Don't deny your high blood pressure: Manage it!
For some strange reason, people will vigorously deny having high blood pressure. “I’m nervous.” “I fought traffic to get here” “You wouldn’t believe the stress I’m under!” or “Wait until I relax a little while and it’ll come down.” All are common reactions of those advised their pressures are high.
Yet high blood pressure, even by relatively lax definitions, is destined to affect the majority of Americans. Succumb to popular food and exercise patterns, and high blood pressure is as inevitable as death and taxes. Even if you’re non-hypertensive at age 55, the Framingham Heart Study predicts a 90% likelihood you’ll be hypertensive during your lifetime.
Added to the inevitability of high blood pressure, conventional blood pressure treatment does not fully erase the risk of cardiovascular events from hypertension (according to the Seventh Report of the Joint National Committee on Prevention, Detection, Evaluation, and Treatment of High Blood Pressure, or JNC-VII 2003). In other words, threats to health from high blood pressure rem ain uncorrected even when blood pressure is fully controlled by medication (when conventional blood pressure targets are reached).
Like changing the oil in your car, proper management of blood pressure is a necessary prerequisite to obtaining full control over health. You can baby your car, wax it, lube and tune it, but neglect oil changes and you’ll never get full life out of your car. In the same way, blood pressure control is a basic and absolute requirement in your effort to maintain optimal health.
Why so much fudging on blood pressure?
One factor is that blood pressure is variable. In the morning, just after arising, maybe your blood pressure is 104/78. Eat breakfast, have coffee, and your blood pressure is 128/74. Sit at your desk at work, have another cup of coffee, answer e-mails, take some phone calls, and you’re now at 149/79. Eat lunch, perhaps overeat, sit back down: 140/64. A really annoying comment from a customer, blood pressure now: 164/68. Blow off steam with a friend, walk 200 feet to another part of the building, look at the picture of your family on your desk and remind yourself that there’s more to life than work; pressure now 130/70.
Life has many variables. So does blood pressure: Time of day; what you ate for your last meal; hormonal shifts; amount of sodium, calcium, potassium, or magnesium in your diet; your vitamin D status; mood; use of diuretics like caffeine; and so on. It’s no wonder blood pressure varies!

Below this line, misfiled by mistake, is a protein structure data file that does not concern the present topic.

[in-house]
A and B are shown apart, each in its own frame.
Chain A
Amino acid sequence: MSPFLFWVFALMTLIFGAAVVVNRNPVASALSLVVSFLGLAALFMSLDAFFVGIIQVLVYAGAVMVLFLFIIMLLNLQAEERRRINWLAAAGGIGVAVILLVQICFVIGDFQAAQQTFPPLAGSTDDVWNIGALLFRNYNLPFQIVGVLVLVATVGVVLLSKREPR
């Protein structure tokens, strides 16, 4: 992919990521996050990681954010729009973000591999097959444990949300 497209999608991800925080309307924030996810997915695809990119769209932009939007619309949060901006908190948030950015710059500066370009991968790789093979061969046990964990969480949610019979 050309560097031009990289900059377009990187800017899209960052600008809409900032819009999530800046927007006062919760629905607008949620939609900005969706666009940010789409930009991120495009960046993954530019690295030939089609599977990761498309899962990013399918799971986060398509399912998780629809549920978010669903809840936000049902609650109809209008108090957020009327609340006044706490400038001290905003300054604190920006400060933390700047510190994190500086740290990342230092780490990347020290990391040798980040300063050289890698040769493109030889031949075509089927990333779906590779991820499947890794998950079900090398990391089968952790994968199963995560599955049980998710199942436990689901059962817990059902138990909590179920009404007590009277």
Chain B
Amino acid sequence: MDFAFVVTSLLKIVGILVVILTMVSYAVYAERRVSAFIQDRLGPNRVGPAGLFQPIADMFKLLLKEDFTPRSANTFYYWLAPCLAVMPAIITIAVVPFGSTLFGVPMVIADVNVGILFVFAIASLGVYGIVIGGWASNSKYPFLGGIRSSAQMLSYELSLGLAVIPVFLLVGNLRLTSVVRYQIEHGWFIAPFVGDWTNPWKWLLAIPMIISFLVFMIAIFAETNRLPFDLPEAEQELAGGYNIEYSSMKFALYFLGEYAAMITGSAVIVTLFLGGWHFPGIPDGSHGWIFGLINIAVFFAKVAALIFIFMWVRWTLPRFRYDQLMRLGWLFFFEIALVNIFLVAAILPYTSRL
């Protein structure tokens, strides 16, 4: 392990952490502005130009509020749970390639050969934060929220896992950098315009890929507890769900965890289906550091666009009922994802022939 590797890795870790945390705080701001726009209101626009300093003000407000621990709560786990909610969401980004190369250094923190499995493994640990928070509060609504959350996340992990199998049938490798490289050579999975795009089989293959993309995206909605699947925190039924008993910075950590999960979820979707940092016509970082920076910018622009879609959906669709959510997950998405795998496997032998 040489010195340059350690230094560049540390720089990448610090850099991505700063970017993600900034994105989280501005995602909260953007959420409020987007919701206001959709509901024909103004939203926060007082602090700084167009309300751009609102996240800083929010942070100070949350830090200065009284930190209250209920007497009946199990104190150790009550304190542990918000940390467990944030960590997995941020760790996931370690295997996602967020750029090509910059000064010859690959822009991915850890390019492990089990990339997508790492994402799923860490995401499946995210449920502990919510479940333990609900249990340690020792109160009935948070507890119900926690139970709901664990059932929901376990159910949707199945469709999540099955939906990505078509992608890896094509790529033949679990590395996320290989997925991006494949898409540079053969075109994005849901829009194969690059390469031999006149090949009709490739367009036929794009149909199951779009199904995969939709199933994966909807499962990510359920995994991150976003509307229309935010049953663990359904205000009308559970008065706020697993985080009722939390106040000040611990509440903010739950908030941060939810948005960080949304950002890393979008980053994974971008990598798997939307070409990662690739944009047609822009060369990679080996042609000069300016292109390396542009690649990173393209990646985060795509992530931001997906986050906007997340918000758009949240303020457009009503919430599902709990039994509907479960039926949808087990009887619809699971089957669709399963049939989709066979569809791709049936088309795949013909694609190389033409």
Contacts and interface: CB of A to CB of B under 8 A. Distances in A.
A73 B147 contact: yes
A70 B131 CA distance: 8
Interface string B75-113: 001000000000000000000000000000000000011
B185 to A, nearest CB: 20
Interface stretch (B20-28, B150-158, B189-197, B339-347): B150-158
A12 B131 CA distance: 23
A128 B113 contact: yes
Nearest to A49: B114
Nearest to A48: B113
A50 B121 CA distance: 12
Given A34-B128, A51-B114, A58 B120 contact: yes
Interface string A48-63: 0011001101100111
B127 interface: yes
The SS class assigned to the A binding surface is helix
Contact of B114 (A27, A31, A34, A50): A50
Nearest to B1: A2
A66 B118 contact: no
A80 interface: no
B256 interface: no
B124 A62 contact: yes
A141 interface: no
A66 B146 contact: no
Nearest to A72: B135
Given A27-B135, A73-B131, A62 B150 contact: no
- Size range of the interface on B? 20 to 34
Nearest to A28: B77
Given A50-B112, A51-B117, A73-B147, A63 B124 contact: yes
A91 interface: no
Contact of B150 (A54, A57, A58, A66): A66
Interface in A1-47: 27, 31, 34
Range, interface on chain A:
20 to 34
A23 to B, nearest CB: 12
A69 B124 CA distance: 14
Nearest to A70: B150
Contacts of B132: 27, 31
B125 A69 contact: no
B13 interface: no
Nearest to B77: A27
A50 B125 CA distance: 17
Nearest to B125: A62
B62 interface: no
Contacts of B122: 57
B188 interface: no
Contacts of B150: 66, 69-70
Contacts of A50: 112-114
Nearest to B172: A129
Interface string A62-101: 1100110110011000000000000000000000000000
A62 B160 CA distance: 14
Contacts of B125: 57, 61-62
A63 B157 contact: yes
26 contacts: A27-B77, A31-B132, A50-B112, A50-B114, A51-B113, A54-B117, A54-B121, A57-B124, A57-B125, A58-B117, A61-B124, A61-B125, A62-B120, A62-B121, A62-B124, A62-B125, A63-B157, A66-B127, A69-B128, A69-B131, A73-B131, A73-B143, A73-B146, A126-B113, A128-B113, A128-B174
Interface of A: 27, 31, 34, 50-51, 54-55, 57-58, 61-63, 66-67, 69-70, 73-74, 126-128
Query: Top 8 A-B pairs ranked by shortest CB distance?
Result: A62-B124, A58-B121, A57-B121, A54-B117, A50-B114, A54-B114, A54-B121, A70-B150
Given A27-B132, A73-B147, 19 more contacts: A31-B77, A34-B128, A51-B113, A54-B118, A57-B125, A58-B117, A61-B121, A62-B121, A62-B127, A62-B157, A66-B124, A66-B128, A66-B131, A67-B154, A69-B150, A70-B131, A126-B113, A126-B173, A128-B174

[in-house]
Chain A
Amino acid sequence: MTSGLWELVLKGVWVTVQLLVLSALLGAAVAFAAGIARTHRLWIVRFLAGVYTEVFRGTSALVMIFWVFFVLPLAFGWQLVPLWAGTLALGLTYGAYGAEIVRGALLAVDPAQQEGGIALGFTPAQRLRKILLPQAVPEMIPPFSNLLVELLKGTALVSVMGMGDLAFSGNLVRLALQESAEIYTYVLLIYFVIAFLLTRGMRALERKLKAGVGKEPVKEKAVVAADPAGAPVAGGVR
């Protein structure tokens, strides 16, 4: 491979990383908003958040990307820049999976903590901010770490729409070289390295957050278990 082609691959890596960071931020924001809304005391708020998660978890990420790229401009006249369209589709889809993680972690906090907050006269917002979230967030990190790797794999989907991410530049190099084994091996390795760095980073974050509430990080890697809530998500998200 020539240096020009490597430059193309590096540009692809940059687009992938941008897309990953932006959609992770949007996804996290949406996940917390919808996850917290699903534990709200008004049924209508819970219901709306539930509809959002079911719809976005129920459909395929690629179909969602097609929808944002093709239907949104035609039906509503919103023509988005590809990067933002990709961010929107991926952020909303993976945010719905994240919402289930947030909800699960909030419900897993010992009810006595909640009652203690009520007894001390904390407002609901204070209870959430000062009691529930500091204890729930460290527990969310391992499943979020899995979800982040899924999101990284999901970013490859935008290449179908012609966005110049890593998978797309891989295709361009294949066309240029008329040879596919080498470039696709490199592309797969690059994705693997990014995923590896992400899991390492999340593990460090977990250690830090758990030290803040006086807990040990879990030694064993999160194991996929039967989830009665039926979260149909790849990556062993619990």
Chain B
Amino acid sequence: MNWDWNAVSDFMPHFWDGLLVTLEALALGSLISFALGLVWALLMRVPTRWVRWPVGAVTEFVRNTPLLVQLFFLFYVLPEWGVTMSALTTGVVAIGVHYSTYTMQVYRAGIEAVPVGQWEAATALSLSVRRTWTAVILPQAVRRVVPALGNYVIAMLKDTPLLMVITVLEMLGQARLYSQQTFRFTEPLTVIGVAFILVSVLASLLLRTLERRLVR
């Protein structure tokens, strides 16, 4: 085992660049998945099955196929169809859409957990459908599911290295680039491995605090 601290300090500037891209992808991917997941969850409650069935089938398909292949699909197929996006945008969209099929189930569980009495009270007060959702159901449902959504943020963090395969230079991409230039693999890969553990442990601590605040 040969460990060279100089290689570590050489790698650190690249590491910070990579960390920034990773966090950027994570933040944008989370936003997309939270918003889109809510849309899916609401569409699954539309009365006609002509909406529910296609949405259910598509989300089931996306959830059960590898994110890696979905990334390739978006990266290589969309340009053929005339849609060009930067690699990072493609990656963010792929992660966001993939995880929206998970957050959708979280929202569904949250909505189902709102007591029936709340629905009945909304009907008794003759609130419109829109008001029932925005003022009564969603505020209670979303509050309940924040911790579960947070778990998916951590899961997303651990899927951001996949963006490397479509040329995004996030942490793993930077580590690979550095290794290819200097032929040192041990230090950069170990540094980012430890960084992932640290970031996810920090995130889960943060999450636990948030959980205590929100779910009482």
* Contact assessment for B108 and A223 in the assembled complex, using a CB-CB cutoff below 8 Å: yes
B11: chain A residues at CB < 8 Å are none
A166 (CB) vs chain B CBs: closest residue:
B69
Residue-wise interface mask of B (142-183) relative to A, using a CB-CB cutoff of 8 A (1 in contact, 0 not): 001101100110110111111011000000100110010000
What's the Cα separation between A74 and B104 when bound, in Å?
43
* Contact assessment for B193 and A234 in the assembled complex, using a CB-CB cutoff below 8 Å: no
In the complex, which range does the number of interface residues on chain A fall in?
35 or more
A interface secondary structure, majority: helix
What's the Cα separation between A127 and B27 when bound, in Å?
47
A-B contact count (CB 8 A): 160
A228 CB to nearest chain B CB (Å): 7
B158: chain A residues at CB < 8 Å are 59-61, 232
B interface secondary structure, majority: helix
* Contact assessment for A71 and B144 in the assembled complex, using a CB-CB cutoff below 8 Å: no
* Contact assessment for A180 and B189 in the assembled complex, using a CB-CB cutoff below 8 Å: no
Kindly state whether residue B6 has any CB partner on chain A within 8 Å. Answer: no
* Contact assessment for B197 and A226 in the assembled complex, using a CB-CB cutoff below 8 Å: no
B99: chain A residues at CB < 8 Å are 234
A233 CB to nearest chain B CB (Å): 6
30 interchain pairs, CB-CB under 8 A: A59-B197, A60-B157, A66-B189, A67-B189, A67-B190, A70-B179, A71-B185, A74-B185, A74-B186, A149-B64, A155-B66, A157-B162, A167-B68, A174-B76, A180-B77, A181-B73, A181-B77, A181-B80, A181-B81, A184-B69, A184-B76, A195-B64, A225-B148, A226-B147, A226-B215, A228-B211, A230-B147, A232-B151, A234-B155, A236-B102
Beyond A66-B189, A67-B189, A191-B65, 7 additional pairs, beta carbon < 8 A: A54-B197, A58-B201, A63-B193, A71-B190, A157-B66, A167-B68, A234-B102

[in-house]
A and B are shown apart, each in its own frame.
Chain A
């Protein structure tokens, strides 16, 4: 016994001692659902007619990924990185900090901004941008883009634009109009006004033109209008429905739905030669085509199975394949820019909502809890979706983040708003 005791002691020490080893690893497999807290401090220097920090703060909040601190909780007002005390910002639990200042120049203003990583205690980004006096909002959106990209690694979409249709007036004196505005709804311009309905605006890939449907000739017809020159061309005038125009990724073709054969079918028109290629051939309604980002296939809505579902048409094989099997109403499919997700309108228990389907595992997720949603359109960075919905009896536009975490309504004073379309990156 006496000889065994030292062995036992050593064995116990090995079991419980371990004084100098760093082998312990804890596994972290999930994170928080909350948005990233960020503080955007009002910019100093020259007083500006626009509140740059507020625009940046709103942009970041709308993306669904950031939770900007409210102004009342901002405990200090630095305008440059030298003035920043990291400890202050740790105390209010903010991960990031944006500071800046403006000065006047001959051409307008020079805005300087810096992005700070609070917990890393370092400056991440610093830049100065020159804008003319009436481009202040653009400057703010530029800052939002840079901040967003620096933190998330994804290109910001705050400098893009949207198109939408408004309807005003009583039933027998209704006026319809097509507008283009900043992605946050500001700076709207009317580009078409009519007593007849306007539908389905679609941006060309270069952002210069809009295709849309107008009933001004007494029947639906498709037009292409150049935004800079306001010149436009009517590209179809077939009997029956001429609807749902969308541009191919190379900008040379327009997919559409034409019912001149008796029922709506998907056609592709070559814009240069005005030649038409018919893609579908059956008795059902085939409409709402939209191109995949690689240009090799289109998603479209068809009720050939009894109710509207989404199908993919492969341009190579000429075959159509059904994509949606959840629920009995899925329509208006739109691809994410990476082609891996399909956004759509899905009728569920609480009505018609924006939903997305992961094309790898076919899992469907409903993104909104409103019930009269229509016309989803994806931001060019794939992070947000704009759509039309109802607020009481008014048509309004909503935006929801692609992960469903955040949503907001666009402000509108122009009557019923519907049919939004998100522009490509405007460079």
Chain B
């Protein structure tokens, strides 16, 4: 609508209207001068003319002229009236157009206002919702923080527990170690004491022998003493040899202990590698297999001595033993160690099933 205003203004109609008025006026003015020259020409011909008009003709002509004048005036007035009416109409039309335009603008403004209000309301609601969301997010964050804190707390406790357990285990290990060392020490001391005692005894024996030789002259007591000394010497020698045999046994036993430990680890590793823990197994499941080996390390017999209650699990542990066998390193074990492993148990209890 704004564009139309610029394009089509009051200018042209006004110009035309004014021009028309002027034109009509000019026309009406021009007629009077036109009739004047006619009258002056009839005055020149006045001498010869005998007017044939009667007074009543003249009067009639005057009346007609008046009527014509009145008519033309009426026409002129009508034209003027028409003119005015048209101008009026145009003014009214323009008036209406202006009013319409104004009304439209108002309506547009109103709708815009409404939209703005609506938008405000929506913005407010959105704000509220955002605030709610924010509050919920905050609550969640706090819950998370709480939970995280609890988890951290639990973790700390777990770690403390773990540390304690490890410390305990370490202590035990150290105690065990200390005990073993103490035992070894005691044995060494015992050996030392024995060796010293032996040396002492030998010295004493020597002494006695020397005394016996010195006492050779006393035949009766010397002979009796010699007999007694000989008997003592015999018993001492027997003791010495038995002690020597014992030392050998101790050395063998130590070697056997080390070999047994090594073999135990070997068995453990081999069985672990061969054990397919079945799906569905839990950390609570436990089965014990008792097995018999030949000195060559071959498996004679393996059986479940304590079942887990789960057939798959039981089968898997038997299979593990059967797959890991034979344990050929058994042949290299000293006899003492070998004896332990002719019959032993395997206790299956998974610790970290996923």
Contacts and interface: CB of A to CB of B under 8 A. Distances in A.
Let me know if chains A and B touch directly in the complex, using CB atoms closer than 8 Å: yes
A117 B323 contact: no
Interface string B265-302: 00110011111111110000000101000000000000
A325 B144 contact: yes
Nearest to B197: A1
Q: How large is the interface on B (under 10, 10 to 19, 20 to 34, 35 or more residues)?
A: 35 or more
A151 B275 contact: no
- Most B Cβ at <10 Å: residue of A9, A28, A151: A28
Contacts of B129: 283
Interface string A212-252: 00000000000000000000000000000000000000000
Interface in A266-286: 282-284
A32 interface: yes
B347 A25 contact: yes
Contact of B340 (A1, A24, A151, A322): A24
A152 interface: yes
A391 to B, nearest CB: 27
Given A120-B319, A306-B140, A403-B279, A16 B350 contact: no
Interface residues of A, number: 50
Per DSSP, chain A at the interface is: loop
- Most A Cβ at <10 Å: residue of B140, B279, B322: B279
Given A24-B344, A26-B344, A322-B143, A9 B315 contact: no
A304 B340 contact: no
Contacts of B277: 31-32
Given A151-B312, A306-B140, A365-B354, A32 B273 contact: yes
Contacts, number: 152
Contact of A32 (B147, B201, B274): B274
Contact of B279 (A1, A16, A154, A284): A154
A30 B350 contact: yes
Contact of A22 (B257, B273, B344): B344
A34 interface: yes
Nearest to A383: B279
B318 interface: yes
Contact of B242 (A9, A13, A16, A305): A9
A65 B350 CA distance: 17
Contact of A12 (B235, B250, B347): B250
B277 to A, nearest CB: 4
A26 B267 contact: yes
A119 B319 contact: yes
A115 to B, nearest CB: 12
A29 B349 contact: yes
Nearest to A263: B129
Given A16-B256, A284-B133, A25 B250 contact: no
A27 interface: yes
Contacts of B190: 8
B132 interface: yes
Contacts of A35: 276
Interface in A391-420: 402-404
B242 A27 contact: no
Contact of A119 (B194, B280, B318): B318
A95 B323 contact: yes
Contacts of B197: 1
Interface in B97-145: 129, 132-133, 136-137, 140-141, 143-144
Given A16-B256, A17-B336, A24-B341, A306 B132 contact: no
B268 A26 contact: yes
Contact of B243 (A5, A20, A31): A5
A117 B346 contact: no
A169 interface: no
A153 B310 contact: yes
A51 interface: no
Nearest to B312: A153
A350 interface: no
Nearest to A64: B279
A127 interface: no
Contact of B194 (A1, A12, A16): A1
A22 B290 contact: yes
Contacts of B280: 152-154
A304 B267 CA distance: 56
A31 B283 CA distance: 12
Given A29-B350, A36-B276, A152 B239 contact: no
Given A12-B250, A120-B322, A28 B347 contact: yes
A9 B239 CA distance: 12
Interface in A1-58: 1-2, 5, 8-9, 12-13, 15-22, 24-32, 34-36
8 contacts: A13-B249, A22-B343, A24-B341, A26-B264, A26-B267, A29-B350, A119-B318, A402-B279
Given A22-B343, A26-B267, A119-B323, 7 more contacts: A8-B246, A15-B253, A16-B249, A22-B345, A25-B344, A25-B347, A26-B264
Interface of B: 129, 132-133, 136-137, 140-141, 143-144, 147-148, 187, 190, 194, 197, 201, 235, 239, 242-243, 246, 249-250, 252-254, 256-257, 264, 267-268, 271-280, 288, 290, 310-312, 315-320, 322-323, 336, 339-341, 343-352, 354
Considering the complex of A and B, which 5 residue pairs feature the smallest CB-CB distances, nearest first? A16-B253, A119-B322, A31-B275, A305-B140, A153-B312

Blood pressure fluctuates in people with normal blood pressure. Blood fluctuates in people with high blood pressure, too, but it fluctuates more widely and stays in a higher range more frequently and for longer periods. But a person with normal blood pressure can occasionally have high blood pressure; a person with high blood pressure can occasionally have normal blood pressure. It’s all a matter of degree and duration.
What exactly is blood pressure? Put simply, it is the force with which blood is propelled through your arteries. Unlike a river, which flows continuously downstream, blood flow is pulsatile, with ebb and flow driven by pumping heart muscle. Heart muscle squeezes forcefully, propelling blood forward (systolic pressure). The heart then relaxes and flow ebbs momentarily (diastolic pressur). This cycle repeats itself 60 or so times each minute, every time your heart beats.
Normally, arteries are flexible and “give” with pulsatile blood flow. When there is reduced flexibility or stiffness of arteries, vessels are less able to expand with bursts of flow and pressure increases. This is common in arteries lined with semi-rigid atherosclerotic plaque (often appropriately called “hardening of the arteries”) or with any condition that simply adds rigidity to the artery walls.
The fact remains that most of us will have high blood pressure. Hopefully, it won’t occur until late in life, but for many it is a reality as early as our 30s or 40s. Denying it doesn’t do much good. In fact, high blood pressure is one of the most controllable factors in health, with or without medication.
With all that said, what is a normal blood pressure? That may be among the most contentious of questions. Next blog post: What if “normal” blood pressure is really high blood pressure?
William R. Davis is a Milwaukee-based American cardiologist and author. He wrote for HealthCentral as a health professional for Heart Health and High Cholesterol.